On Aug. 15, 2012, a heavily armed Corkins walked into FRC headquarters and began shooting with the intention of killing "as many people as I could." He managed to shoot and injure just one person, facilities manager Leo Johnson, who is credited with heroically stopping the attack.
SPLC was quickly tagged as a source of the damaging allegation in the AFA's case.
"The blatantly false 'hate' allegation is coming from the Southern Poverty Law Center, which is now a thoroughly discredited source on any subject, especially hate," Fischer wrote. "In fact, for spreading malicious lies about pro-family groups, SPLC belongs on its own hate group list. They've made a despicable career out of using lies, distortions and innuendo to whip up reckless and dangerous animosity against groups which defend the values of the Founders. … The real hate group here is the SPLC…"
The Obama administration's attacks on conservatives date back to just weeks after he took office.
At that time a newly unclassified Department of Homeland Security report warned against the possibility of violence by unnamed "right-wing extremists," including opponents of abortion.
The report was followed by only days by a report from the Missouri Information Analysis Center that warned law enforcement officials to watch out for individuals with "radical" ideologies based on Christian views.
Officials with the DHS later told WND they would refuse to identify the authors of the report or comment on any actions taken in response to the controversy.
But the steady drumbeat of statements from the administration even prompted members of both parties in Congress to blast the comments.
The Department of Defense later was caught teaching that those who oppose abortion are "low-level terrorists."
It was only weeks later that SPLC confirmed to WND it published a report and delivered it to law enforcement officers across the nation that lumped those who are dedicated to the constitutional principles on which the nation was founded with crazed killers.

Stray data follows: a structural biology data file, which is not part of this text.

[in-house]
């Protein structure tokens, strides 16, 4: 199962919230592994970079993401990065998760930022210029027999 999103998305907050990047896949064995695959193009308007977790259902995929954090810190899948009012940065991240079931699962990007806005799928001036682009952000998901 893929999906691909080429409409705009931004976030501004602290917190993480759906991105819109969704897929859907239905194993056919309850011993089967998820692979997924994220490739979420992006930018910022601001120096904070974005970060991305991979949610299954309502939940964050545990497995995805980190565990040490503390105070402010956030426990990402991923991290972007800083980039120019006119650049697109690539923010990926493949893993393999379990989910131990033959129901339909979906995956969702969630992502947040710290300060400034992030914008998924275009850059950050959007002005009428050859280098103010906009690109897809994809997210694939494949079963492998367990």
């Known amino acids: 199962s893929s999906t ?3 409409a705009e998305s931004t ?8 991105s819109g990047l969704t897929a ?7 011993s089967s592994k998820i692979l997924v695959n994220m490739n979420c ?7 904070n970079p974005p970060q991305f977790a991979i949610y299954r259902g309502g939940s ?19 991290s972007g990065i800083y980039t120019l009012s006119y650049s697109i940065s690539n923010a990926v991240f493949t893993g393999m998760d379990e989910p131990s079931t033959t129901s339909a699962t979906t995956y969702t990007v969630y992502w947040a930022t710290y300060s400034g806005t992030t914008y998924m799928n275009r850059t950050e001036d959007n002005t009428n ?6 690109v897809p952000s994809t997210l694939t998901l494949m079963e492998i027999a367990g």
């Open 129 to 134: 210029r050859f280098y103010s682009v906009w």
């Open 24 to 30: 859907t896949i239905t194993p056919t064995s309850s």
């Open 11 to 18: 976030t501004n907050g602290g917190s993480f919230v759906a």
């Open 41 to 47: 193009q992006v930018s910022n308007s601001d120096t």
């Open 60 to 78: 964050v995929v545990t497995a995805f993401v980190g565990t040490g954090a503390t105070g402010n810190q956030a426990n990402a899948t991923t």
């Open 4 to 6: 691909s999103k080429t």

It then was revealed SPLC was advising DHS formally on how to "combat violent extremism" and the DHS was caught monitoring a blog posted by a Christian who was forced to flee Brazil because of the conflict between that nation's pro-homosexual "hate crimes" agenda and his advocacy for traditional marriage.
The Obama administration declined comment on its decision to monitor Julio Severo's unabashedly Christian Last Days Watchman blog.
Early this year a West Point study from the U.S. Military Academy's Combating Terrorism Center linked opposition to abortion and other "fundamental" positions to terrorism.
The study, "Challenges from the Sidelines: Understanding America's Violent Far-Right," cites "anti-abortionists" as an active threat for terrorist activity.
"The anti-abortionists have been extremely productive during the last two decades, amassing 227 attacks, many of them perpetrated without the responsible perpetrators identified or caught," author Arie Perliger wrote. "And while, in both cases, the 1990s were more violent than the last decade, in the case of anti-abortion, the trend is much more extreme, as 90 percent of attacks were perpetrated before 2001."
American Life League President Judie Brown called it a smear tactic.
"I can see exactly what is going on with reference to the pro-life movement. The use of two words expose the bias and hatred for what we stand for as a movement. Those words are 'attacks' and 'violence'," Brown said.
Herb Titus, a constitutional law professor, former dean of the Regent University School of Law and distinguished fellow with the Inter-American Institute for Philosophy, Government, and Social Thought, says it's an attempt to link conservative thought with violence.
"Professor Perliger has adopted the strategy of many left-wing members of the professoriate, concentrating on the behavior of a few in order to discredit many who hold similar views but who do not engage in any form of violence," Titus said.
"His theory is that of the iceberg, that which as seen may be small, but it hides what is a much larger threat just below the surface. Obviously, the professor disagrees with those who favor small government, cutting back of federal government encroachments upon the powers of the state and to discredit this movement focuses on a few gun-toting militia," Titus said.
Titus turns his attention to who he believes is the source of the study.
"Like so many in the Obama administration, Perliger does not want to engage in any dialogue on the issues, but just discredit an entire political movement by ad hominem charged words," Titus said. "Perliger is not a serious scholar, but a propagandist for the existing regime."
The military teaching that the colonists were "extremists" was traced back to SPLC.
Judicial Watch, a government corruption monitor, said it obtained records regarding the "preparation and presentation of training materials on hate groups or hate crimes distributed or used by the Air Force."
The teaching claimed: "In U.S. history, there are many examples of extremist ideologies and movements. The colonists who sought to free themselves from British rule and the Confederate states who sought to secede from the Northern states are just two examples."
The 9/11 attacks by Muslims who killed nearly 3,000 people are called a "historical event."